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Comment: Re:" Foley's killers may have thought of him as le (Score 1) 7

by Marxist Hacker 42 (#47919801) Attached to: James Foley Is Not a War Ad

"Regardless, that is not what starts and perpetuates these wars. Religion is a psychological tool, used to motivate or dissuade, by those who want to dominate."

So eliminate the theologies that are based in domination instead of service.

"Military recruits recite almost the same thing during bootcamp. And salespeople, oof! ever been to one of those seminars? This is standard procedure."

Standard procedure for 99% of the world's philosophies yes. Exactly the opposite of standard procedure for one.

"The prime motivator is biological, and all driven by the laws of physics." Not all. One is different.

Comment: Re:" Foley's killers may have thought of him as le (Score 1) 7

by Marxist Hacker 42 (#47918057) Attached to: James Foley Is Not a War Ad

The problem is that there is superiority in the theological difference. The standard Jihadist theology of "all human beings are dogs to be done with as Allah wishes" vs "the image of God is in the dignity of each human being from conception until natural death". Both, however, are superior to the American Materialist "Human beings are just another resource to be exploited in the eternal search for profit".

The Jihadi who beheaded James Foley believed the first. James Foley himself believed the second. Youtube and the American news media believe the third.

Comment: " Foley's killers may have thought of him as less" (Score 1) 7

by Marxist Hacker 42 (#47913295) Attached to: James Foley Is Not a War Ad

I can guarantee he didn't think of them the same way they thought of him. Completely different philosophical and metaphysical underpinnings to the theology, Jesuits are anti-Islamics.

My question is, if ISIL, just for a second, isn't a CIA plant, what makes them think a few beheadings will STOP the bombings? Given the evil of American Secularism, it is far more likely to turn the Levant into tritonite than it is to stop anything at all.

Comment: The Curse of Geolocation Strikes Again! (Score 1) 5

by MonTemplar (#47901971) Attached to: Android International

Crazy, isn't it?

Evidently, there is some unwritten law that states that Geolocation by IP address shall override any and all set preferences by the user on their device, and ignore any possibility that barring or redirecting the user makes no sense.

I get a version of this periodically on Spotify, where I'm informed that the particular album or single I'm looking at can't be played because it isn't licensed to my region. And of course there's the small matter of my being IP-blocked from Pandora Radio for the same reason.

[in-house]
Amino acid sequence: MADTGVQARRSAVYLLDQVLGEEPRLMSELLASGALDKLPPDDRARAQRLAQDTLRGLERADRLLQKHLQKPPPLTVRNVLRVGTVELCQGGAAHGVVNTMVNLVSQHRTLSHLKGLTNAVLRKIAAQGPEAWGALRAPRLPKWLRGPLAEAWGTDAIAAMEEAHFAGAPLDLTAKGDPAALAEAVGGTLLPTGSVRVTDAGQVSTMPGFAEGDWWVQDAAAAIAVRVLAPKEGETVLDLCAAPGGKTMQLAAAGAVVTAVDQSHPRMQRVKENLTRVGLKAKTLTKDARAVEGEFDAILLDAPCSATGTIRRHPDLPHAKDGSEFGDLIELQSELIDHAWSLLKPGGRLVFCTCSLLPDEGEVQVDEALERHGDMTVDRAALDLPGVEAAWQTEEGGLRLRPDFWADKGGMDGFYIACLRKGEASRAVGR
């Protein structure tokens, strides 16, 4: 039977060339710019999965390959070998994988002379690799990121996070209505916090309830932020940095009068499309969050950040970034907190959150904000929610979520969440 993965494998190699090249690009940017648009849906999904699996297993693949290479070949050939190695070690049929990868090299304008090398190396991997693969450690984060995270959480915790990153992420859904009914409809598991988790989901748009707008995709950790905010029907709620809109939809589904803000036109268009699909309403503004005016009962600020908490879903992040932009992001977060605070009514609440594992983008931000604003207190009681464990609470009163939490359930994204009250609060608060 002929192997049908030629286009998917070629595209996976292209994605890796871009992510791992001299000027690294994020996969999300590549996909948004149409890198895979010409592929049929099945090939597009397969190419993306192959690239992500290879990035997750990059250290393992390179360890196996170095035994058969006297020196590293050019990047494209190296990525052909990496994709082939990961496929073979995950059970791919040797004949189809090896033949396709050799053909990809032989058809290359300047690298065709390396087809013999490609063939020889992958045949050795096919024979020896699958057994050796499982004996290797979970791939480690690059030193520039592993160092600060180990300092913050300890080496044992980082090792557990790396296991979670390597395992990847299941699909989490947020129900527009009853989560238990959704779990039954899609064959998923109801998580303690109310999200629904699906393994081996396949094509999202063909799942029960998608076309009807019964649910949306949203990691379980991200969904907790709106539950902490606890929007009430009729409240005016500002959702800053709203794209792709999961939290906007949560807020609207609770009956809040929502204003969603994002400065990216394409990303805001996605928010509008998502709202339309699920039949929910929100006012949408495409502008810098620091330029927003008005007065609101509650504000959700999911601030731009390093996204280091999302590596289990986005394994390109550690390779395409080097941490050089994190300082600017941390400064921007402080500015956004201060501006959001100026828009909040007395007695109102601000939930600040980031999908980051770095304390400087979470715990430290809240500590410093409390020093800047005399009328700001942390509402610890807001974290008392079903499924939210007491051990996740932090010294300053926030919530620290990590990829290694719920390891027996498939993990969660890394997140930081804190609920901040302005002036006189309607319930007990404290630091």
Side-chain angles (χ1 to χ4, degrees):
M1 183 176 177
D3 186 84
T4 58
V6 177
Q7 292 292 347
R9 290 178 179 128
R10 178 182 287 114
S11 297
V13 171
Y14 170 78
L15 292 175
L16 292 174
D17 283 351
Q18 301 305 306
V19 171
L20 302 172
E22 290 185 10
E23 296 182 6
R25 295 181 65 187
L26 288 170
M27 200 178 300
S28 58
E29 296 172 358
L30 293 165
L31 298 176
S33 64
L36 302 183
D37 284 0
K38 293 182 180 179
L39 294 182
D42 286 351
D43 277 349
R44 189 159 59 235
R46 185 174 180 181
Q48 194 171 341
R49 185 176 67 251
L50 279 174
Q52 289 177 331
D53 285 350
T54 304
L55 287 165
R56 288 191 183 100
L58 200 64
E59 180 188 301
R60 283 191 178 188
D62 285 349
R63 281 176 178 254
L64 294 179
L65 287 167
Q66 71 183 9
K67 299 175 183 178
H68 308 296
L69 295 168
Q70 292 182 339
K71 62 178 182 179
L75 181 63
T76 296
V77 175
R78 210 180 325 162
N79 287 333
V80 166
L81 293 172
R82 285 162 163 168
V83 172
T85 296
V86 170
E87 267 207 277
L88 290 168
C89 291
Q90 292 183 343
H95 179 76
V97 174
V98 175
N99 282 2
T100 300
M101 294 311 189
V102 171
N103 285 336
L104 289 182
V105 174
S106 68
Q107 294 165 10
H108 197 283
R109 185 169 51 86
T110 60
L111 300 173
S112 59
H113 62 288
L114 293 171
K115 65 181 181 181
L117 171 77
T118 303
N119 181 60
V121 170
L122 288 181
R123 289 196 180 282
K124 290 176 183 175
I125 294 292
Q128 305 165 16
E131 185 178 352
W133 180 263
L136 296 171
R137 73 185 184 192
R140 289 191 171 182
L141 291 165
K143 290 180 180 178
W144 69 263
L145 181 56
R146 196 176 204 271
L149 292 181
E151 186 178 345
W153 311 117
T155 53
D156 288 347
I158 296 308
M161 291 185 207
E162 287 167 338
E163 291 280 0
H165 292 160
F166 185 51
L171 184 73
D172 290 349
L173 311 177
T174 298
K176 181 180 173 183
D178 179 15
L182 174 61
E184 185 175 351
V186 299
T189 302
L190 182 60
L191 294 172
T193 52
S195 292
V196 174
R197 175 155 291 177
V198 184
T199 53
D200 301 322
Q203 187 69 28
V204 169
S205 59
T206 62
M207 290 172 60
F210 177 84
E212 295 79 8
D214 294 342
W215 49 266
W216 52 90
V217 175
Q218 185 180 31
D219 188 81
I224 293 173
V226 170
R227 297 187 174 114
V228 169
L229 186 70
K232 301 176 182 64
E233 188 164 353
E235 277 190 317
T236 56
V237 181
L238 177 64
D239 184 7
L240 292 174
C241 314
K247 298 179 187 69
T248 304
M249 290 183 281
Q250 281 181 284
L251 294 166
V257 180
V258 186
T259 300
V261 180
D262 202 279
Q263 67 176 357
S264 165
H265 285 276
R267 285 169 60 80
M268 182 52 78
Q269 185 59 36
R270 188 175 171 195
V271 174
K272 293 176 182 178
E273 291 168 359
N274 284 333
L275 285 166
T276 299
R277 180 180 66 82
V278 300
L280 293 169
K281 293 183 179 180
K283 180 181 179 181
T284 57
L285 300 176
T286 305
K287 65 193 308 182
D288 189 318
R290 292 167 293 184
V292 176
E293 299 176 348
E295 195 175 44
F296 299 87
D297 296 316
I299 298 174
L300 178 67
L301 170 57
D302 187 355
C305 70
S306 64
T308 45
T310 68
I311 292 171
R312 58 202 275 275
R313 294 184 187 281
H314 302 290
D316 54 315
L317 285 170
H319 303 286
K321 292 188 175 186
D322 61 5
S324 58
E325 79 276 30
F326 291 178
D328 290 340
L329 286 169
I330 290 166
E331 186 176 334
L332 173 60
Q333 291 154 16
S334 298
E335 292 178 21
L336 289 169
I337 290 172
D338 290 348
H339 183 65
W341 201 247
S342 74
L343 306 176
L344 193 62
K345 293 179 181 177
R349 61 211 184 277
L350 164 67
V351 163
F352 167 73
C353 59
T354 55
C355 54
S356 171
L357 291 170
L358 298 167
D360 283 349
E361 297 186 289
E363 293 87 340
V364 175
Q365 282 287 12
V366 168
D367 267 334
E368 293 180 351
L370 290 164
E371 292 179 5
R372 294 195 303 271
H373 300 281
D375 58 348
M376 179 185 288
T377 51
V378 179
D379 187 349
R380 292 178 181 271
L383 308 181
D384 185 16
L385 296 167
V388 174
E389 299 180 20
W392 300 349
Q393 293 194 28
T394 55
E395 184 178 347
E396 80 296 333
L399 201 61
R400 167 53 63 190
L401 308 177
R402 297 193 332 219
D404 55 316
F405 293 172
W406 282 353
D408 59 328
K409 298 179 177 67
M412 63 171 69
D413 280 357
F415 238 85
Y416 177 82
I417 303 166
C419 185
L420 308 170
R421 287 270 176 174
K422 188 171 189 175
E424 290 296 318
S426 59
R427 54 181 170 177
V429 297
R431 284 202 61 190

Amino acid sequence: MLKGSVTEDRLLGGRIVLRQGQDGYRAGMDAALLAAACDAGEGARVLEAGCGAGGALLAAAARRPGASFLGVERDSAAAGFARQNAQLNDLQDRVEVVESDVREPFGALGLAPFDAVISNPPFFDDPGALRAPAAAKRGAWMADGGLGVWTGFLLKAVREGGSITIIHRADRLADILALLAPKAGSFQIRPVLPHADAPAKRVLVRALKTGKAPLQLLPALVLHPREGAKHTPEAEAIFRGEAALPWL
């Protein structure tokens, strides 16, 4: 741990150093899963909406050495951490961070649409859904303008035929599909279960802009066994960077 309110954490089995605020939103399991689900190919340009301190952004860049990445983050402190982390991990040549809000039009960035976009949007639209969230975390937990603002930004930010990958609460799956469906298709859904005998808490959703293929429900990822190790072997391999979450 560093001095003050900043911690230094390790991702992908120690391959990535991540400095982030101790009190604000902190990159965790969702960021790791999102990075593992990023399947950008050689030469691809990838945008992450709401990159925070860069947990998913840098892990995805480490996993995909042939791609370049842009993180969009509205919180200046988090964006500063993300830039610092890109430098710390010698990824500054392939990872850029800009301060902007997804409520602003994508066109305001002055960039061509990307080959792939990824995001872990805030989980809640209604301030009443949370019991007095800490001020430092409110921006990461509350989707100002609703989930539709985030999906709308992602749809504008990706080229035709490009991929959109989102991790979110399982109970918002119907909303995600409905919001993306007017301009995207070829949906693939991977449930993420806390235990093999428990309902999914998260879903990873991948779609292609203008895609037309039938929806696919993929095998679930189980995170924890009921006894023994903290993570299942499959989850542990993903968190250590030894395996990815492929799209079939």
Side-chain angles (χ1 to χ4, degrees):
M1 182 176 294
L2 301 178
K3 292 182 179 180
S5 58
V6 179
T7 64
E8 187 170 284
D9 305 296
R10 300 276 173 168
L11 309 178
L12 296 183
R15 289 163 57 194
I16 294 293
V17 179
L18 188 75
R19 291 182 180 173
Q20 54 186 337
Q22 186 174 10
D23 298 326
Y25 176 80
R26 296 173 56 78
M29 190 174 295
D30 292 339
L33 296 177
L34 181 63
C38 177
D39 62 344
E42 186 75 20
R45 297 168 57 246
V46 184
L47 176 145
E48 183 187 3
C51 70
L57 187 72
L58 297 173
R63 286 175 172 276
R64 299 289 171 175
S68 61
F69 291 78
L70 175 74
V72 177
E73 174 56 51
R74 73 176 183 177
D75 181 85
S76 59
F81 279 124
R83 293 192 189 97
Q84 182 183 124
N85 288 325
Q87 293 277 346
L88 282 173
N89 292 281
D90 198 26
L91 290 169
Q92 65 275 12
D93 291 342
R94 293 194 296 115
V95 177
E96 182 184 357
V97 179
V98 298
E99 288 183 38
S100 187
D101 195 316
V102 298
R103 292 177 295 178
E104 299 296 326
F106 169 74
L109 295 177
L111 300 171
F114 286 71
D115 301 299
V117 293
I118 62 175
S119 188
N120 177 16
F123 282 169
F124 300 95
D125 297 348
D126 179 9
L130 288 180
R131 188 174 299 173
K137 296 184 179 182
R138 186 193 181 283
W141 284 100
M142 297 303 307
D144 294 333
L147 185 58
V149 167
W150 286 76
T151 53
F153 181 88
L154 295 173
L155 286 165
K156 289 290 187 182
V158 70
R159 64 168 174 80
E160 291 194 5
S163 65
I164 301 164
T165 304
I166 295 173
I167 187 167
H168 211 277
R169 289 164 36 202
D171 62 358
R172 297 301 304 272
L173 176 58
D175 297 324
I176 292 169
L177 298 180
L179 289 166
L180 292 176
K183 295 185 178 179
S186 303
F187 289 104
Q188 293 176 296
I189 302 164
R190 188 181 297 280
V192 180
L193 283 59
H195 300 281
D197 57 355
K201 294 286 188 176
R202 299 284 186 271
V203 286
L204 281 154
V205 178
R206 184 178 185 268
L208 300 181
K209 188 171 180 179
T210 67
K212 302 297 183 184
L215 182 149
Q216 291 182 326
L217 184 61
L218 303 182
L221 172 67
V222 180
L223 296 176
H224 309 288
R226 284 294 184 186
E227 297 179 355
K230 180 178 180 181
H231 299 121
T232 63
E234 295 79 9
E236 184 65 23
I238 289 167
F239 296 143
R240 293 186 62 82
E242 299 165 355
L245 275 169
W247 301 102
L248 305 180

I ran into a particularly nasty geolocation issue back in late 2012, when I was informed that I couldn't access my National Lottery account because they no longer believed that I was accessing it from the UK. Went back and forth between them and my ISP (VirginMedia), with each blaming the other for the problem.

I've also heard of situations where people have found the books on their Kindles vanishing because they're holidaying in an area where said books aren't licensed.

User Journal

Journal: Give me Catholic Heaven, Islamic Paradise is too hard 9

Journal by Marxist Hacker 42

this guy is clearly NOT a mathematician, but if he was:

You have 4 wives on earth. Each one of those wives has 70 black eyed virgins for you in paradise. Each one of those black eyed virgins has 70 servant girls. That is 19,884 women for you to have sex with in paradise.

But it gets worse. Each one of those women has been given YOU by Allah for a term of 70 years. That means you will be having sex, no

Comment: Re:Bikes lanes are nice (Score 2, Informative) 213

by Marxist Hacker 42 (#47864311) Attached to: Surprising Result of NYC Bike Lanes: Faster Traffic for Cars

Average speed was 11mph to begin with. The bikes, able to weave between traffic at 30mph for a biker in shape, were not the limiting factor.

I thought it was going to be more like what other cities that have implemented bike lanes and routes have seen- fewer people in cars on the road.

Comment: Re:Can we have a [credible] MS Access equivalent? (Score 1) 185

by wild_berry (#47840161) Attached to: Why Munich Will Stick With Linux

No real comparable thing exists, and to expect it is to think in the MS single-microcomputer-on-every-desk mindset. We're networked and clouded these days, so every program is a server which can interact with any other program (or should be) and a single-lump tool is limited to its black box. In the Free/Open Source world, you can get full SQL DB's or NoSQL storage engines free-at-point-of-use, so why would you grab a single solution when you can pick the components which best fit your needs?

I think you've condemned your many clients to no scalability and little flexibility. When it comes to cope with larger numbers of records, more complicated business logic or increased concurrent access, there's nothing like Access in the Free/Open Source world because the big-boy DB's are free-at-point-of-use. You then have the freedom to implement a web UI or a GTK+ UI or a QT UI talking a standard protocol and standard DB query language, and with that comes the architectural freedom to divorce the back-end from the business logic from the user interface -- which makes maintenance and ongoing improvements easy.

APL hackers do it in the quad.